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RDA, AACR2 and OCLC

On the OCLC-Cat list for November 2010 there have been several posts of interest. Let’s look at some, shall we?

First, let’s look at Wojciech Siemaszkiewicz’s “November 2010 Memorandum Against RDA Test” from November 2, 2010. In this post, Wojciech instructs OCLC:

Immediately suspend coding the test RDA records as acceptable records and recode them as substandard records with a code “RDA” (no PCC, LC, etc. coding should be allowed on these records). The encoding level for these records should be “K”, which usually triggers a full review of the record by highly trained technical assistants or professional catalogers. The LC records should be coded as level “7”. The RDA test records should be treated the same way as records coded with Spanish, French, German, etc. codes. This would allow catalogers to create parallel records for 040 English records according to existing and widely accepted AACR2 rules. Under no circumstances should RDA testers be allowed to create conflicting NAF or SAF records in LCNAF or LCSAF. This has already created a great deal of confusion and has been universally rejected by catalogers involved in the discussion.

We instruct agencies responsible for the RDA test to instruct its testers to follow above mentioned rules as a way to avoid workflow complications and growing confusion in libraries around the world.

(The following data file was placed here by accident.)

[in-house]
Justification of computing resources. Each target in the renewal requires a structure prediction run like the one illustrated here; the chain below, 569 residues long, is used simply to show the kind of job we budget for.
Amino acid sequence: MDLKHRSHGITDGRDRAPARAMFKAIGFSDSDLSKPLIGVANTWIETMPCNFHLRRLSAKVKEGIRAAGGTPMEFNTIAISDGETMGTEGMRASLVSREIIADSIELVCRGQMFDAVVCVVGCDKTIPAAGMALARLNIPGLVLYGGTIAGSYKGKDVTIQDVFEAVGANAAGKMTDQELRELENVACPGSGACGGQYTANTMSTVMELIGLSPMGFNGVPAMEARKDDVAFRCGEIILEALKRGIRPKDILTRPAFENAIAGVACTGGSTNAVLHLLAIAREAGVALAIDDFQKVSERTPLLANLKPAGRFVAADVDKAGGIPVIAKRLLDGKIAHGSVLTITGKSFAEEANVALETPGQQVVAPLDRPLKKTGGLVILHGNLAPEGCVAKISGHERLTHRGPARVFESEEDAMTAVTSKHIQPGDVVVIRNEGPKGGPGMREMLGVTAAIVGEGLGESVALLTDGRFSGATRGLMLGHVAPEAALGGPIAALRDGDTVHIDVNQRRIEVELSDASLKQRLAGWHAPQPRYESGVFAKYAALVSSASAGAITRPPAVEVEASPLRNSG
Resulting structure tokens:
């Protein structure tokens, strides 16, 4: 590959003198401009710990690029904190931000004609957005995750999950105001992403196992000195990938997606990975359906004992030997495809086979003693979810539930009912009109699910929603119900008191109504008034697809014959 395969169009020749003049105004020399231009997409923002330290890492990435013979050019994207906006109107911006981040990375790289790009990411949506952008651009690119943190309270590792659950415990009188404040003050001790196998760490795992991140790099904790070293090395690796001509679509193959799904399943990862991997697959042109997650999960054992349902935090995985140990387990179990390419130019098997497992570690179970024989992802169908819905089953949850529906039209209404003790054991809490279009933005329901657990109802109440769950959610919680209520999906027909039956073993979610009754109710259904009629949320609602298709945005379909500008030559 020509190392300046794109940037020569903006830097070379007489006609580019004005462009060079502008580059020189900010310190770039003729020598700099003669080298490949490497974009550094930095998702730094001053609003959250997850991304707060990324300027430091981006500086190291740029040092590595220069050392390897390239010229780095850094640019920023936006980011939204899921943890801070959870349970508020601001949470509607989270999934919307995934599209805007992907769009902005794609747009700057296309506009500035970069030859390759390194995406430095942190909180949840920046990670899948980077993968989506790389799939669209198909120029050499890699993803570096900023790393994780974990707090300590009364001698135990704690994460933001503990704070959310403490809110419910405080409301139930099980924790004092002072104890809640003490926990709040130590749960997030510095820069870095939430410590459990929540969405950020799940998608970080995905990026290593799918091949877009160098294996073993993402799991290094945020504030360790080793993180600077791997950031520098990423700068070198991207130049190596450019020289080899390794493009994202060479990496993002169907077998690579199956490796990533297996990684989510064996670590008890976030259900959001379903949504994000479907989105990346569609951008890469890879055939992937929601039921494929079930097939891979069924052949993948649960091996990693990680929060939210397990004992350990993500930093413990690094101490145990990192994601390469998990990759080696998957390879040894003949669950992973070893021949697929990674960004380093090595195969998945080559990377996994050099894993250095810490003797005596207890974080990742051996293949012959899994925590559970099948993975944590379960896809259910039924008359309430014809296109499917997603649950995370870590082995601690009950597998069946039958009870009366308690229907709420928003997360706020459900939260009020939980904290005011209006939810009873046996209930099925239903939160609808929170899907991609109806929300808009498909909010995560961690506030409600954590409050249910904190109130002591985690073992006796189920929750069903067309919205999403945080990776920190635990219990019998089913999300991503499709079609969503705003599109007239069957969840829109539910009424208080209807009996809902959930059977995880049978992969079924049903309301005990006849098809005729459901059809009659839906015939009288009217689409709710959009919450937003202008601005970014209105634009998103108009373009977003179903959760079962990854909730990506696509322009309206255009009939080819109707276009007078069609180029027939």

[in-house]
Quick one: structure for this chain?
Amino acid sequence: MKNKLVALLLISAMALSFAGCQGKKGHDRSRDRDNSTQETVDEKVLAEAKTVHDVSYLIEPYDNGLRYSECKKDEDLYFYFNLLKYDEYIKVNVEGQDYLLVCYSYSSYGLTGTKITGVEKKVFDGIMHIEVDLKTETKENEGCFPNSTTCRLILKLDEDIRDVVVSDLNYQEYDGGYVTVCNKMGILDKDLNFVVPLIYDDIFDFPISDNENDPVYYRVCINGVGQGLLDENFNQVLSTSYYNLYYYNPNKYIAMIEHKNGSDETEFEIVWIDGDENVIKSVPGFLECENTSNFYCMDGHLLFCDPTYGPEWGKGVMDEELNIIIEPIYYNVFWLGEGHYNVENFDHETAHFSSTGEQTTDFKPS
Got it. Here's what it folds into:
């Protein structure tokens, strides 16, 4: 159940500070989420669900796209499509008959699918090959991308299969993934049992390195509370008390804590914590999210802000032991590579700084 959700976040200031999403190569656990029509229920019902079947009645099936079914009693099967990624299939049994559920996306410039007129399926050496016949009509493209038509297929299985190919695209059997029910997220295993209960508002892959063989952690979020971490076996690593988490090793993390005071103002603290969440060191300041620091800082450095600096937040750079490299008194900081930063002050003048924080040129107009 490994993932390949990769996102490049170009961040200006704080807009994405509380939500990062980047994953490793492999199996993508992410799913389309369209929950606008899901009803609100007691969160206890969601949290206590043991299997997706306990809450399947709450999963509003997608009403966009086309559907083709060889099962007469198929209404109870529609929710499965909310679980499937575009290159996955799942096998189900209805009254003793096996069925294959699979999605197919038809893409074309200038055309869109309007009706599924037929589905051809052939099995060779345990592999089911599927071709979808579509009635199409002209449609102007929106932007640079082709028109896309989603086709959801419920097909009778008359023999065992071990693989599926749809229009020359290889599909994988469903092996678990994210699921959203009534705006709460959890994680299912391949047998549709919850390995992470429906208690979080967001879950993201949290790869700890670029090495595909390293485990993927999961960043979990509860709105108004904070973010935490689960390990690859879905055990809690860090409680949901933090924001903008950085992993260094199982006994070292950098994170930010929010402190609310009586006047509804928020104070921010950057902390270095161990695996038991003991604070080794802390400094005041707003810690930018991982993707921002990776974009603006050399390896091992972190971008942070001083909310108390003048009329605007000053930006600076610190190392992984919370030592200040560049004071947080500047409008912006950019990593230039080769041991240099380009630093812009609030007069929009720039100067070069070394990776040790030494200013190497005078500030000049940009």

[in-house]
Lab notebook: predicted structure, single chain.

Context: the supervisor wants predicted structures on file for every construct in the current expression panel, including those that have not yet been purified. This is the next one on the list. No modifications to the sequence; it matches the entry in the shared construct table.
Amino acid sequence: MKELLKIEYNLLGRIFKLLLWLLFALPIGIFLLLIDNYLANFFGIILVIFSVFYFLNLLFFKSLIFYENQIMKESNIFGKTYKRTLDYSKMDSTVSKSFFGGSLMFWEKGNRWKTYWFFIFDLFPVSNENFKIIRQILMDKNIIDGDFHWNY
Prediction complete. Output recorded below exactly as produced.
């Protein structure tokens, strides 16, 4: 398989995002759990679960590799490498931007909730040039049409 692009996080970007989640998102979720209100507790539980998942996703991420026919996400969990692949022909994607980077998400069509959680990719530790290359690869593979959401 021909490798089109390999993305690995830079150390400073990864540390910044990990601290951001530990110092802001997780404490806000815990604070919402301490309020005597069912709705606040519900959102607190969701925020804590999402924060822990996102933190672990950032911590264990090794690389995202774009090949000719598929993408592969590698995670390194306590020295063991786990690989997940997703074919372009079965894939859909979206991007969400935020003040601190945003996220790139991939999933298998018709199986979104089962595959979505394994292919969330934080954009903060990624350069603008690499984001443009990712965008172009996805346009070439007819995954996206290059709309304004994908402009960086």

We understand that the RDA test is just a test and in no way is an indicative to a future cataloging procedures and rules that would replace universally accepted AACR2 rules

Subsequent posts include a November 3, 2010 “Petition to support Wojciech’s memorandum” created by cataloging managers at Indiana University, Bloomington. The link to the petition is http://bit.ly/noRDAtest.

The discussions on both threads have been fascinating. This culminates in a November 16, 2010 post “Update on the Petition to Support Memorandum on OCLC’s RDA Testing”. Another very interesting read.

On November 17, 2010 a post appeared cross-posted to several lists “US RDA Test and OCLC”. This does not directly address the Memorandum or Petition postings but certainly it seems to be aimed at them.

What I find interesting, in reading all of this, is that the idea is no duplications should be allowed in the OCLC database. I understand and applaud this. However (you knew that was coming, right?), why is it considered a duplication when we already have “parallel” records?

Parallel records? What’s that?? Check out OCLC Technical Bulletin 250: Parallel Records. Starting back in October 2003 OCLC began to allow “parallel records within WorldCat by language of cataloging”. Huh? OK, let me break this down for you. If I, in my little library in anywhere, USA, catalog the latest James Patterson using my AACR2 (or whatever) rules then add it to the OCLC database as the first bibliographic record ever to describe the book then it exists and others can use it, right? OK, now a few days (or weeks) later a cataloger in Spain catalogs that very same James Patterson book and also adds it to the OCLC database. Duplicate? NO!! Parallel record!

The key is the subfield b of the 040.  This is the “language of the cataloging”.  According to OCLC Bibliographic Formats and Standards:

Identifies the language for those portions of the record, which according to cataloging rules, appear in the language of the cataloging agency (e.g., notes). Subfield ‡b is in records created by libraries for which English is not the language of the cataloging agency.

Huh. So basically this is to accommodate the different rules and language of different countries.  Why then can we not have AACR2 records and RDA records?

Perhaps I’m missing something but that seems to be the same concept…or am I being blonde again?

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